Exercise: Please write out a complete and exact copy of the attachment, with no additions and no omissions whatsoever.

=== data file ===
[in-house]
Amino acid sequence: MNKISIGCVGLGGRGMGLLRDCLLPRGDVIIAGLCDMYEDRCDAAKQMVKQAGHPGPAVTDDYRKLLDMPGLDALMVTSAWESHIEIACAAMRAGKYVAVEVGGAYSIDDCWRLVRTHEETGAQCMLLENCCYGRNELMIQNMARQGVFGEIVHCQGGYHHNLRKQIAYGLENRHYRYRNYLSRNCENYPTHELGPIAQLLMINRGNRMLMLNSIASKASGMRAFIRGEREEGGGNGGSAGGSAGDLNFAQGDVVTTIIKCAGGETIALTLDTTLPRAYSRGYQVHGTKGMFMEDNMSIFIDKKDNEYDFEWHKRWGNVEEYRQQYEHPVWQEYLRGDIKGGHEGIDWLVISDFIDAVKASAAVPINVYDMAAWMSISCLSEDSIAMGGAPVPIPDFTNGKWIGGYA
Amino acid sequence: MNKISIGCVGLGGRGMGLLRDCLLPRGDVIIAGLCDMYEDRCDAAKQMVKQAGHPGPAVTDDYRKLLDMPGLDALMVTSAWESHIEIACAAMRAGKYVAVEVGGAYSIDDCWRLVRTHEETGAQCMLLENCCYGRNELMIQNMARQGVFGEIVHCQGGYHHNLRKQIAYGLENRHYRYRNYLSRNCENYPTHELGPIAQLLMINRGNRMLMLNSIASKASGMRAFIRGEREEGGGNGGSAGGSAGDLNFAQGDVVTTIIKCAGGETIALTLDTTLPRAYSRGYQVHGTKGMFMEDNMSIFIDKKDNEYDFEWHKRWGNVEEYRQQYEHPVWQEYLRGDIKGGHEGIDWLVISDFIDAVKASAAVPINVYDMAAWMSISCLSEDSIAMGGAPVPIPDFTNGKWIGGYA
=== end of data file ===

[in-house]
Amino acid sequence: MNKISIGCVGLGGRGMGLLRDCLLPRGDVIIAGLCDMYEDRCDAAKQMVKQAGHPGPAVTDDYRKLLDMPGLDALMVTSAWESHIEIACAAMRAGKYVAVEVGGAYSIDDCWRLVRTHEETGAQCMLLENCCYGRNELMIQNMARQGVFGEIVHCQGGYHHNLRKQIAYGLENRHYRYRNYLSRNCENYPTHELGPIAQLLMINRGNRMLMLNSIASKASGMRAFIRGEREEGGGNGGSAGGSAGDLNFAQGDVVTTIIKCAGGETIALTLDTTLPRAYSRGYQVHGTKGMFMEDNMSIFIDKKDNEYDFEWHKRWGNVEEYRQQYEHPVWQEYLRGDIKGGHEGIDWLVISDFIDAVKASAAVPINVYDMAAWMSISCLSEDSIAMGGAPVPIPDFTNGKWIGGYA
Amino acid sequence: MNKISIGCVGLGGRGMGLLRDCLLPRGDVIIAGLCDMYEDRCDAAKQMVKQAGHPGPAVTDDYRKLLDMPGLDALMVTSAWESHIEIACAAMRAGKYVAVEVGGAYSIDDCWRLVRTHEETGAQCMLLENCCYGRNELMIQNMARQGVFGEIVHCQGGYHHNLRKQIAYGLENRHYRYRNYLSRNCENYPTHELGPIAQLLMINRGNRMLMLNSIASKASGMRAFIRGEREEGGGNGGSAGGSAGDLNFAQGDVVTTIIKCAGGETIALTLDTTLPRAYSRGYQVHGTKGMFMEDNMSIFIDKKDNEYDFEWHKRWGNVEEYRQQYEHPVWQEYLRGDIKGGHEGIDWLVISDFIDAVKASAAVPINVYDMAAWMSISCLSEDSIAMGGAPVPIPDFTNGKWIGGYA